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The Paper Chase

Vengeance is mine when the crime is so abhorrent.

Mar 18, 2013, Vol. 18, No. 26 • By JOE QUEENAN
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I immediately recalled that when I had launched into my tirade about what I would do to anyone horrible enough to steal a complete stranger’s jaunty, jolly wrapping paper, a man had been standing right beside the van. The man was now gone, though the van was still there. I was sure he was the culprit. I was sure he’d heard my threats and decided to save his hide by ditching the stolen wrapping paper. 

I hung around for a while, but did not see the man again. I was happy to have the wrapping paper back, yet I still felt unsatisfied. The man had committed an outrageous crime and had coughed up the goods out of fear of reprisal. But he had not been punished for what I viewed as a crime against humanity.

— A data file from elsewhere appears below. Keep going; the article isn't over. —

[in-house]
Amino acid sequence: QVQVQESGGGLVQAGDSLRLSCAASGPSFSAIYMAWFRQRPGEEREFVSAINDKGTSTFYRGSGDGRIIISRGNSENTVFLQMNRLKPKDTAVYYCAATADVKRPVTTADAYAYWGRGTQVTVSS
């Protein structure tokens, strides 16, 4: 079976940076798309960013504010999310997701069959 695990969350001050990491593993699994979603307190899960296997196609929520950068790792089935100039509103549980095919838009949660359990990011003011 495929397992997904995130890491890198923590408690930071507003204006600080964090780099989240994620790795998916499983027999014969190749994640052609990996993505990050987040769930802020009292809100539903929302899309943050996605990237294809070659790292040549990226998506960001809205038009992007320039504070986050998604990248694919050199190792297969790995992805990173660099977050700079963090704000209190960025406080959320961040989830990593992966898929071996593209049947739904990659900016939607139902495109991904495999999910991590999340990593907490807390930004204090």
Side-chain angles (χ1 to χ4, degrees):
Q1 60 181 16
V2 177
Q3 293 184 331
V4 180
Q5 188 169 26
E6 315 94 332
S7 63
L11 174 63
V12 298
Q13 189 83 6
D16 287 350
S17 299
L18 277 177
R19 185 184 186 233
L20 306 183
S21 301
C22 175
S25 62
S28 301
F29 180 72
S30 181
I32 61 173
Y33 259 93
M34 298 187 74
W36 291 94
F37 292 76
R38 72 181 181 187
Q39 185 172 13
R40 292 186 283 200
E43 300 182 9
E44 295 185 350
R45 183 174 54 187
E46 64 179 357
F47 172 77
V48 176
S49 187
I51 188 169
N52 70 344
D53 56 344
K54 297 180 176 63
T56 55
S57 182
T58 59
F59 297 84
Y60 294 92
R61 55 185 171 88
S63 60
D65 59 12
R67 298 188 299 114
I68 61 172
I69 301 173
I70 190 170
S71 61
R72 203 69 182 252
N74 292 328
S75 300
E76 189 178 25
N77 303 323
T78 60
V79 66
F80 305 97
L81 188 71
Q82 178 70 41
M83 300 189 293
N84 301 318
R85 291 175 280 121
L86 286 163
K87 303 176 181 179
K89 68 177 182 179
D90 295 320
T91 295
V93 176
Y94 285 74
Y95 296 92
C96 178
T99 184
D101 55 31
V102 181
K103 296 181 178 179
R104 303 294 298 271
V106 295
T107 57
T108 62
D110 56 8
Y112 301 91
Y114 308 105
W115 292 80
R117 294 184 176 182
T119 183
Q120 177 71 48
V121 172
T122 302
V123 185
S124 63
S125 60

But he will be. Next week I’m going back over to Pleasantville with a roll of even jauntier wrapping paper. As before, I’m going to leave it out on full display. As before, I’m going to wander inside to buy a coffee. And then, with the trap baited, I will wait. I might need to stay there a few hours—there is no way of telling when he will come back—and I might need to return to the scene of the crime more than once. I might even need to buy still jollier wrapping paper. This could take a while. 

But I can wait. Because a person that villainous needs to be chastised for his misdeed. A person who would steal wrapping paper that sweet, that cute, that life-affirming, that jolly, is a person incapable of being rehabilitated. In the fullness of time, he will strike again. And when he does, I’ll be waiting for him with a two-by-four at the ready. It’s not going to be jolly.

Joe Queenan is the author, most recently, of One for the Books.

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